Didn't like "feel" of 1998 16' Scamp vs. Casita 17' Build Quality? - Fiberglass RV


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Old 10-31-2015, 12:21 AM   #1
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Name: Ed
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Question Didn't like "feel" of 1998 16' Scamp vs. Casita 17' Build Quality?

I'm just starting to look for an egg to call our own. I've been researching Scotty Highlanders for about 4 years and ended up at an Escape rally a few weeks ago and think I'm going fiberglass now (shocked at the build differences vs. 2009 "newish" Scotty Highlander). Today I went and inspected a Scamp 16 (layout 3) and was less than impressed with the through the wall rivets and overall build quality compared to the Escapes and Casitas I saw at the rally (some newer, a few older). Is there really that much difference in build quality? I'm looking for a egg for my wife and me (no bathroom, don't like them in a trailer) to tow behind either our 2006 6 cylinder Jeep Liberty or our 2006 Ford E350 full ton 12 passenger van. We are both "not insubstantial" (and 5'10" or less) and like open plan layouts best (layout 7 on the Scamps & Liberty or Freedom). I searched the site already and it seems people are saying they are both equal - but I can't seem to reconcile that with what I saw today... Help! Ed
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Old 10-31-2015, 01:42 AM   #2
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My opinion - I've had all three - the Scamp is the low end of the quality scale, Casita is in the middle. Escape is very different as there are no rivets, the glass work and construction is far sturdier.

Visited Casita and Escape factories and the methods of construction I observed confirm why they are different. Did not visit the Scamp factory. I'm pretty picky having spent 35 years as a Manufacturing Engineer. They all use the same appliance manufacturers, so the big difference is in the design and construction.

Which is probably why Escape has sold out all of their 2016 production already. They will take orders for 2017 production next year.
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Old 10-31-2015, 02:40 AM   #3
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Hi Ed, I have to pretty much agree with Charlie on the builds. But don't let the use of rivets be the factor of backing away from a certain make. They have been used and proven successful for 40+ years. The only way they kind of bug me is when I'm waxing it. Yes, you do see them but you see the seams in your clothes too, they both have a job to do. As you're just starting to look "hands on", do understand that fiberglass molded trailers are not in the same world as any stick built trailer. Very small niche market with a small new supply each year. With the tow rigs available to you the weight isn't a problem. All I can say is find the right layout that works for you no matter which brand and rivets be danged. I've got a Casita SD17.....I can replace a lot of rivets for the 30K difference in price of the higher end units and still sleep off the ground . Most folks here spend very little time in the trailer other than sleeping. Get to a few more rallies to see more makes and layouts before you rule any out. Good luck on your search.
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Old 10-31-2015, 07:42 AM   #4
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Build Quality

Ed,

I have never worried too much about the build quality of all the fiberglass trailers. One of my son's tows a 36 year old Scamp, another son towed a 24 year old Casita 16, we tow a 24 year old Scamp 16.

We hope to be towing ours for another 10 years when it will be 34 years old. Our trailers are never treated gingerly, always parked outside and ours have been on a number of roads Ginny calls the 'road to hell', 100 mile pothole mazes.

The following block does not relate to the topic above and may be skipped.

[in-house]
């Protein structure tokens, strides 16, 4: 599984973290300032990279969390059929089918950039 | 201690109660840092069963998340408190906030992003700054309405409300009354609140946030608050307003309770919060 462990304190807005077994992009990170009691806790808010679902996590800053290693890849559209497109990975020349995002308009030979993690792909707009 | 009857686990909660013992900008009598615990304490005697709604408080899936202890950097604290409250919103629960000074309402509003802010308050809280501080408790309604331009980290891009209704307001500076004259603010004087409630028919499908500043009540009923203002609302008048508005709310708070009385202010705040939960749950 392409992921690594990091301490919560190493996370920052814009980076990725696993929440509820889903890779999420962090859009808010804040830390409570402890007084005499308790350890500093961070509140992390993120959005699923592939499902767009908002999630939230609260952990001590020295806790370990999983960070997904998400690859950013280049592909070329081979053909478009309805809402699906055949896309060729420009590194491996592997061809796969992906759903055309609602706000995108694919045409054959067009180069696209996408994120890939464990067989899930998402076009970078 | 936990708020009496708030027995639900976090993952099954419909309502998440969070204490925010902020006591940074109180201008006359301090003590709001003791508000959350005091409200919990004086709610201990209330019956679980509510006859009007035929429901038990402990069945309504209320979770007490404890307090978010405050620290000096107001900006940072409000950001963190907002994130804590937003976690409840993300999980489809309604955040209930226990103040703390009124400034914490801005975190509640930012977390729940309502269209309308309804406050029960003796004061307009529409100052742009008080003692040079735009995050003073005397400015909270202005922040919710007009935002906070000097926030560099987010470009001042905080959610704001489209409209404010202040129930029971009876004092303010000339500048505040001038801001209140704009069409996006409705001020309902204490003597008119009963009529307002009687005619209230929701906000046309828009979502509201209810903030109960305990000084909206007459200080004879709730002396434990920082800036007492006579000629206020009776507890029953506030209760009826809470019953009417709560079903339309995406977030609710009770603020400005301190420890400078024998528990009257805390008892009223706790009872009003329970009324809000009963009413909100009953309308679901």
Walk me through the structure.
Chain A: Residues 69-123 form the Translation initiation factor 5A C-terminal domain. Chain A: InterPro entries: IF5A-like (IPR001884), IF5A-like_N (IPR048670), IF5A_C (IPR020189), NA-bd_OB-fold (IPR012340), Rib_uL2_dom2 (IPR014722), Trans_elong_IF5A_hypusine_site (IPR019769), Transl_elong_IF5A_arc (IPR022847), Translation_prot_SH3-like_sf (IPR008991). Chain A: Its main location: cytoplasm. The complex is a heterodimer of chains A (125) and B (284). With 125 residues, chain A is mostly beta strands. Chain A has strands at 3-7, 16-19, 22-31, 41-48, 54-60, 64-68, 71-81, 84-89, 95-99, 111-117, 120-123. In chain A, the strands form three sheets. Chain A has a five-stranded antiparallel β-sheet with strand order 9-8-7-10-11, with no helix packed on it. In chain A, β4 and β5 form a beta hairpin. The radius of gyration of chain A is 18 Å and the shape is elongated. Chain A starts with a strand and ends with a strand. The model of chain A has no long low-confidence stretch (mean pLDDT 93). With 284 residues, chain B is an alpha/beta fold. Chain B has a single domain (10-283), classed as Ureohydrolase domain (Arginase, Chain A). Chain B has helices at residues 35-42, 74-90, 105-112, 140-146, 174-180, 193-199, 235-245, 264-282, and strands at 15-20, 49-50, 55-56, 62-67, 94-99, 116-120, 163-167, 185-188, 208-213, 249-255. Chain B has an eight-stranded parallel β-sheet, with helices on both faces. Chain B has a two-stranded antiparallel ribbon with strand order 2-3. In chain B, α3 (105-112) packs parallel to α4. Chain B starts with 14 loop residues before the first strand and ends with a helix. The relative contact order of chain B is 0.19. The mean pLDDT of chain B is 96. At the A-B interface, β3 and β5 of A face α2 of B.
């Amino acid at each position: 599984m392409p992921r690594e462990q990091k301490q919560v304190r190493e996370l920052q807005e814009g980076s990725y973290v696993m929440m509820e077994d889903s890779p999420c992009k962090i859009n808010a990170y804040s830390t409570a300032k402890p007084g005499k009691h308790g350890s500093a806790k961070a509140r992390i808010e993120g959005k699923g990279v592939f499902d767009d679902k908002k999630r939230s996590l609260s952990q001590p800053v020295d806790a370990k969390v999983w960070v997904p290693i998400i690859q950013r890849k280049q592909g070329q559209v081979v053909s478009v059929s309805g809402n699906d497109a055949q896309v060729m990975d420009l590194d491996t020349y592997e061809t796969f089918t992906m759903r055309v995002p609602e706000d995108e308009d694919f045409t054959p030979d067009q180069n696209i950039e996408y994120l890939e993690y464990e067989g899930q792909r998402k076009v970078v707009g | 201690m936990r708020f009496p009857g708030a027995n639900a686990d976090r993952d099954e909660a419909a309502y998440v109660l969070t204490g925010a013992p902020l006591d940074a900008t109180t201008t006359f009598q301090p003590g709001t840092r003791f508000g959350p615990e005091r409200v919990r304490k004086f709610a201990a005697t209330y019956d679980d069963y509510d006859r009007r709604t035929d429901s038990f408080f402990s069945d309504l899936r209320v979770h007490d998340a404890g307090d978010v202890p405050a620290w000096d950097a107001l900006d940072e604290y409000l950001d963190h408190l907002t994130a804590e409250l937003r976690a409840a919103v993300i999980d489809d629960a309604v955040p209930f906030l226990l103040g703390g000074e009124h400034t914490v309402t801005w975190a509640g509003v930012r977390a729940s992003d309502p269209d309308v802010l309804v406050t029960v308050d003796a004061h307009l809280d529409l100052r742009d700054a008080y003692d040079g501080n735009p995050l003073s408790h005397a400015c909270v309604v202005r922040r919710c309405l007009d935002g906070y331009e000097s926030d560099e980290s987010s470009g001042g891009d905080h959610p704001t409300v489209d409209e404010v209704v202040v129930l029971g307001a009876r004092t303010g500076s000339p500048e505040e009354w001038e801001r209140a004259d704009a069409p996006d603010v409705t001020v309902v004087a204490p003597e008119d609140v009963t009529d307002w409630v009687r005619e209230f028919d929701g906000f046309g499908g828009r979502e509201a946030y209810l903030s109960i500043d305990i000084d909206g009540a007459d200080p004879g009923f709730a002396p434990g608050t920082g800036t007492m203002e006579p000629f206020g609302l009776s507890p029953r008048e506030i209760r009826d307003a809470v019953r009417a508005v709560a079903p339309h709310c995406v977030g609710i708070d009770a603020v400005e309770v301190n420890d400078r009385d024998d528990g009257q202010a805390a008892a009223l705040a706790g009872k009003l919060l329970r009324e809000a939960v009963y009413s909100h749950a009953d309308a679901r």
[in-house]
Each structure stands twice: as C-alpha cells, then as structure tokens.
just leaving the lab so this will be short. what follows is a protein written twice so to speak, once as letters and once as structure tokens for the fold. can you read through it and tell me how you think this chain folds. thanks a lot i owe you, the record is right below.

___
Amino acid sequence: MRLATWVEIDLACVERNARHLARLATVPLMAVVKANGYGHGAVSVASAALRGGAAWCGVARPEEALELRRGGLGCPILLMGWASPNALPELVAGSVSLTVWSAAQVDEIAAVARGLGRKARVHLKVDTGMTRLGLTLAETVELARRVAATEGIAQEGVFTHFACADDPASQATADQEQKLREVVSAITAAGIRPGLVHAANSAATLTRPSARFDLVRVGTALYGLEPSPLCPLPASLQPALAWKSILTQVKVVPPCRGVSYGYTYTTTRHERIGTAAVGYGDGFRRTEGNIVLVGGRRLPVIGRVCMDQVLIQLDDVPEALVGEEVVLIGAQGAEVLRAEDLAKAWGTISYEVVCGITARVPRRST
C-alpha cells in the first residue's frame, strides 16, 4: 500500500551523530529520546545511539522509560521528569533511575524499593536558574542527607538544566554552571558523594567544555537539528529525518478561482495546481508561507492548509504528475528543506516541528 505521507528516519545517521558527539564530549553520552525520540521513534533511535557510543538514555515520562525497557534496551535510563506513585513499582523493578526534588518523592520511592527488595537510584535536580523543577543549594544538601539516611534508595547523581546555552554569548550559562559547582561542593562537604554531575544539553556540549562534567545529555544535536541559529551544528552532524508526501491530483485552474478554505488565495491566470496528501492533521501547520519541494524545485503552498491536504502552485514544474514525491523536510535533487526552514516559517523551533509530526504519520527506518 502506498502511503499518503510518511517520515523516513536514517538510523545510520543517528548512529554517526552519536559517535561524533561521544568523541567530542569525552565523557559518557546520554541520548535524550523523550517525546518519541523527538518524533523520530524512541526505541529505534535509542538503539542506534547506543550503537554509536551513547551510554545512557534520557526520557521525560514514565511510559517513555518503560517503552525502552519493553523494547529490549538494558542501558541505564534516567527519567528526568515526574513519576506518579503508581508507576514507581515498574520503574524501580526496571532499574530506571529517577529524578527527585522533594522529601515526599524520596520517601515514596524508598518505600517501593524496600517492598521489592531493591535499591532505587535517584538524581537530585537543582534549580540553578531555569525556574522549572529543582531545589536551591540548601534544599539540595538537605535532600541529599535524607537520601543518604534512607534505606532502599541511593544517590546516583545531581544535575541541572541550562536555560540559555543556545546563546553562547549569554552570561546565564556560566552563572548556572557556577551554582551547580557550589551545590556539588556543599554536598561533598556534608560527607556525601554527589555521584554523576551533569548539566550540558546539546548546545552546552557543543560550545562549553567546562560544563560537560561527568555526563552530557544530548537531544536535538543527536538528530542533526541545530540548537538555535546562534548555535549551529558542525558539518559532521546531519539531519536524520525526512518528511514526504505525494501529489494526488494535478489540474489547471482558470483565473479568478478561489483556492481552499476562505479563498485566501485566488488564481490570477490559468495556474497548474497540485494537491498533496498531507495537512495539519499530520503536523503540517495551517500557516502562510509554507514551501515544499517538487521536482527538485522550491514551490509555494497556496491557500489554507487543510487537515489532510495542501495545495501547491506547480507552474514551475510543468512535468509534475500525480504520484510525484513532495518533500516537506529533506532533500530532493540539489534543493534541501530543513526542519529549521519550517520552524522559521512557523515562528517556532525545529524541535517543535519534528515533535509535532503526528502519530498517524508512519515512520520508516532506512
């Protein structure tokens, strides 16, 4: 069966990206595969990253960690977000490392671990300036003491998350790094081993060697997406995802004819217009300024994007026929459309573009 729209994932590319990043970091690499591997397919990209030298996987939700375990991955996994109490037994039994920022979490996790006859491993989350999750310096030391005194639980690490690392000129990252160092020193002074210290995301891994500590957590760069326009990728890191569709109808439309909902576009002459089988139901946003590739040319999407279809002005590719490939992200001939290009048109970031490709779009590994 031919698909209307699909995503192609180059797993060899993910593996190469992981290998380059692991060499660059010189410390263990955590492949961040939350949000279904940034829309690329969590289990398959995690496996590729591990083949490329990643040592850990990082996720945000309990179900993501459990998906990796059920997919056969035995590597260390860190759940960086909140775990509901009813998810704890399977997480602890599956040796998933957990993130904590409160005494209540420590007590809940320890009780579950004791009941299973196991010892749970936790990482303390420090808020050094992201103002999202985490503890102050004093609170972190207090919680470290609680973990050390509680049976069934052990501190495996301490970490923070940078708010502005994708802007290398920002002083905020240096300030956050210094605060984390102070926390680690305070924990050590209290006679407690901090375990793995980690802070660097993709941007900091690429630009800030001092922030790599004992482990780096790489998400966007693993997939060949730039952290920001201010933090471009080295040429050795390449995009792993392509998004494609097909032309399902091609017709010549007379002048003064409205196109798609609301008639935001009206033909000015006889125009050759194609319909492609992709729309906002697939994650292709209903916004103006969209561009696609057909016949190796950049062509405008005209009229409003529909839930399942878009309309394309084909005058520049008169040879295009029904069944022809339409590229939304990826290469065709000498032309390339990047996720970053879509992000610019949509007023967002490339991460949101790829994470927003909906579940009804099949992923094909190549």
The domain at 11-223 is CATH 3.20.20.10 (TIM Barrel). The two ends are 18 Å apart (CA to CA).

Sure we've lost a few rivet caps over the years but I just put a new cap on when one falls off. So far a rivet has never leaked.

24 years old and going strong. There's not to many items, outside of a hammer that lasts that long.

To me it's fiberglass trailer choice is not about build quality, but rather size, layout and budget.

We have been in every trailer presently being manufactured and can clearly say our travels would not be enhanced or diminished by any of them. The travel is way more important than the fiberglass shell.

They all do a great job of keeping one warm, dry and sheltered. We typically travel for 8 months a year and the cozy confines of our trailer is comforting to us, though certainly it is limiting, no ping pong in the trailer, we always look forward to the coziness and sleep better in our trailer than anywhere.

Rivets, not an issue for us.
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Old 10-31-2015, 08:00 AM   #5
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Originally Posted by tractors1 View Post
My opinion - I've had all three - the Scamp is the low end of the quality scale, Casita is in the middle. Escape is very different as there are no rivets, the glass work and construction is far sturdier.

Visited Casita and Escape factories and the methods of construction I observed confirm why they are different. Did not visit the Scamp factory. I'm pretty picky having spent 35 years as a Manufacturing Engineer. They all use the same appliance manufacturers, so the big difference is in the design and construction.

Which is probably why Escape has sold out all of their 2016 production already. They will take orders for 2017 production next year.
Maybe the term "low end" for Scamp quality might be a little harsh. In that they have been building them about the same way for over 40 years, and are selling all they can build, suggests that they are doing something right. It's just at the most affordable end of the spectrum. I have had both a Scamp 13' and a Lil Bigfoot 13' and the bigger differences I saw was more in the interior construction details. Yes, it's costs Scamp a bit less to build the way they build, and they are priced accordingly.

And while there is no question that Escape builds a quality product, I would suggest that the current currency exchange differential, making about a 25% effective reduction in price to American buyers, had more to do with them selling out for the next year than just the quality issue. An examination of where those rigs are going would be very telling.

Rather than calling Scamp "low end", I would rate the three of them as being good, better and best.
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Old 10-31-2015, 09:07 AM   #6